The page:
I never knew I could paint.
Some have remarked that I am making up for lost time, and that is certainly true. I was homebound and for the last 17 years of my life have been spent in a losing battle with a disease that gradually stole my most basic capabilities, all during a time when I was struggling to raise three daughters as a single parent.
Through the years I lost the ability to walk, talk, sleep and use my hands. I tried every known therapy for the treatment of Parkinson’s, and when all of them failed I even tried suicide.
But one summer in June 2003, I had a second brain surgery at the age of 44. My life began again. Literally, as a flick of a switch, I regained abilities I thought were gone forever.
I have been granted an interlude to experience the full use of all our blessed faculties. It is unknown how long it will last. There is no cure for Parkinson’s, but the brain surgery made me lived a miracle.
And so I paint. While my hand remains steady and there’s still enough light. People say I’m pretty good at it. The critics I try to please, however, are my daughters Gisselle (26) Tiffany (18) and Vanessa (17) and my beloved mother.
Throughout my children tender lives, they endured my ups, downs, on, offs that Parkinson’s brought; the one image they had of me was of being sick, constantly shaking.
To dissipate my disability, we played. I would tell my girls that I was their “Barbie” doll, so they can help me get dressed, played waitress in order for them to help me serve their meals. We used to walk around the block, each by my side holding my hands, while they sang the song of the Wizard of Oz, and with the beat of the song, they helped me coordinate and initiate the jumping steps.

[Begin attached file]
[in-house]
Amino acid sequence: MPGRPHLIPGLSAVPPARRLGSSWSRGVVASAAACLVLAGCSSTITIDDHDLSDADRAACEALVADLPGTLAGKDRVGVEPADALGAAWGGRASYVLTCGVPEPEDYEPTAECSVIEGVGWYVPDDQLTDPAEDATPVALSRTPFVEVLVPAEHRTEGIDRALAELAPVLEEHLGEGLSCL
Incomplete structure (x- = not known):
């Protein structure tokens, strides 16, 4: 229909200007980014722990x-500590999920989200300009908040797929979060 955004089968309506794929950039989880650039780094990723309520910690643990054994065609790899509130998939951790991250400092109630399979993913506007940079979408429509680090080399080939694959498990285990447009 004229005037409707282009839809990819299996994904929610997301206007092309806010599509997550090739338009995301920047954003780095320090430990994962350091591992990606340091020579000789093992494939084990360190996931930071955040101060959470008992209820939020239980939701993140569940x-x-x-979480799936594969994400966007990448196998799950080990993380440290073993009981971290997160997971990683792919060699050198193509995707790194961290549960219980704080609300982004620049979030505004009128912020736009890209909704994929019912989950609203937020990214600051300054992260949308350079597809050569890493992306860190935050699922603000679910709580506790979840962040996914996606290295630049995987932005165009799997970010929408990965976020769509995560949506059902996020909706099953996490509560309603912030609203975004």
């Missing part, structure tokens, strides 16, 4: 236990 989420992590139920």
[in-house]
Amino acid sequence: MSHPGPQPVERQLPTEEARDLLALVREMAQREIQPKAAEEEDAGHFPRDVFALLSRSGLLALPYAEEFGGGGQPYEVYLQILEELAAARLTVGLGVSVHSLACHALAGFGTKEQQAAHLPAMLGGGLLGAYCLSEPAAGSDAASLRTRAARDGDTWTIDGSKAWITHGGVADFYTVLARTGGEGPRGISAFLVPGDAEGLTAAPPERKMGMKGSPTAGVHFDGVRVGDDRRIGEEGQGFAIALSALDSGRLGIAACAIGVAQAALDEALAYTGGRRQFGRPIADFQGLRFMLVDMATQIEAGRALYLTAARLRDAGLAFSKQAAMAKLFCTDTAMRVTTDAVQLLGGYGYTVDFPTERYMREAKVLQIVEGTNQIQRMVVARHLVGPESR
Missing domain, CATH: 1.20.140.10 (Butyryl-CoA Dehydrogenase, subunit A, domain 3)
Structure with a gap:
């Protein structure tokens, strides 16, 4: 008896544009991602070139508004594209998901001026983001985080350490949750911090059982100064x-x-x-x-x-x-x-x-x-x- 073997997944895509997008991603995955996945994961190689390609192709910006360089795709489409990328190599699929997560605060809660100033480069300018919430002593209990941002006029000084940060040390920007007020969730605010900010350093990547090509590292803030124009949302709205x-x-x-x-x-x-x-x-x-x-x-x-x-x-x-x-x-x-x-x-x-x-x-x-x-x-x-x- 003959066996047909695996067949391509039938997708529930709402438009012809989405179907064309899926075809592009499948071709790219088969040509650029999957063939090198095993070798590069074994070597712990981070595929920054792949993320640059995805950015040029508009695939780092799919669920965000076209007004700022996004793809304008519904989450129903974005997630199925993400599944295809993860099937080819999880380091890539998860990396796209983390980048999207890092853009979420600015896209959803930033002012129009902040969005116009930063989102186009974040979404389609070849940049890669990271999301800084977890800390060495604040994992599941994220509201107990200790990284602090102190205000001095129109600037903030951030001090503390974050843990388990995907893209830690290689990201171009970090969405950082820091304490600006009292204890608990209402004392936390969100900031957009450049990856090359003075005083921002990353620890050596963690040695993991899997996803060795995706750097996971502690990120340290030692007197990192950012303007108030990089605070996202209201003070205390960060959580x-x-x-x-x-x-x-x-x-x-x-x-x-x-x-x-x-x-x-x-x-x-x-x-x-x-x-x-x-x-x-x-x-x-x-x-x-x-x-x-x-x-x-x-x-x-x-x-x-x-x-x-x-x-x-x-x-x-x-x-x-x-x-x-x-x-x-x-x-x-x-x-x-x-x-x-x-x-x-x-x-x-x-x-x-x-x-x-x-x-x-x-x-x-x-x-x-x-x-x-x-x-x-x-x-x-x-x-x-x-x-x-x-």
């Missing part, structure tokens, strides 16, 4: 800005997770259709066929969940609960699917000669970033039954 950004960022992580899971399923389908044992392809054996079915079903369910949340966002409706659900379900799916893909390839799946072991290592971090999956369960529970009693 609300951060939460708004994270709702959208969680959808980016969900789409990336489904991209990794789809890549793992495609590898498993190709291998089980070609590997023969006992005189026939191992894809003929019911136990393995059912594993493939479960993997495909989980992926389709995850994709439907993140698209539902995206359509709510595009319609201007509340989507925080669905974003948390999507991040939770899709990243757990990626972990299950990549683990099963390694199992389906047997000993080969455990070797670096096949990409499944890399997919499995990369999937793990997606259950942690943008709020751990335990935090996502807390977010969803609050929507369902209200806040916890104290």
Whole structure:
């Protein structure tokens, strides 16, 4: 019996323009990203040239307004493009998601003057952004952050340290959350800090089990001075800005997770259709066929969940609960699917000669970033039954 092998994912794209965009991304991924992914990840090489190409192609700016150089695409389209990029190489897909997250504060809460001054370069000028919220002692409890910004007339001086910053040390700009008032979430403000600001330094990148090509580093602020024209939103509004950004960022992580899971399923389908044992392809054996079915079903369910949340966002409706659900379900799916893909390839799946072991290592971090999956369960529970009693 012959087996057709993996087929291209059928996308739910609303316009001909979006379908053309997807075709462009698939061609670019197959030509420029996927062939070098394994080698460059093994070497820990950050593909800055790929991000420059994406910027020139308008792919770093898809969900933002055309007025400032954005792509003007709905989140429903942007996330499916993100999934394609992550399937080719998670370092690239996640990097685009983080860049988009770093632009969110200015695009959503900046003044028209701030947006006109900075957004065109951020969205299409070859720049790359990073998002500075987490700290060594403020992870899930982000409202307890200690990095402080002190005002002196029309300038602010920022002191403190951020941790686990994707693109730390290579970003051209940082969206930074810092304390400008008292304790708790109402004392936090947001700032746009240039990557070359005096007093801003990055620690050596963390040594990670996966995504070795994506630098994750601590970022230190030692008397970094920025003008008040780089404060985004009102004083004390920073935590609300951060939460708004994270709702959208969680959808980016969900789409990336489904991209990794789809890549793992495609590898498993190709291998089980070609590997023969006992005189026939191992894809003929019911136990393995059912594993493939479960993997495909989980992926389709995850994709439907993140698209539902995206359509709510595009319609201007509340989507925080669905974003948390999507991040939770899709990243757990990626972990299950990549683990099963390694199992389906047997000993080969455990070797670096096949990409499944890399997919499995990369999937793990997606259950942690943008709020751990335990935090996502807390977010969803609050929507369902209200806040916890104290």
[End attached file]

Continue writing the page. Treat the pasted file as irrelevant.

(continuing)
Nowadays, they are no longer sadden by my illness, we are getting to know each other in very different ways. When they bring friends over the house, they introduce me with pride: “My mother is an artist” I elated and is all the praise I will ever need to hear.
I have regained my dignity.
One day I took a break from painting to clean-up my house and I started to mop the floors and only then I noticed that the wood floors of my house were marked by numerous deep scratches. I realized that those were traces of my illness. I made them with my shoes while I was “kicking,” a symptom of Parkinson’s also called Restless Legs. It made me a little scared to think what the future holds for me, it made me more determined to cherish every second of my life.
It is a privilege to be alive and to have good health. Make time to appreciate the beauty of the morning, the shape of clouds and to embrace those we love.
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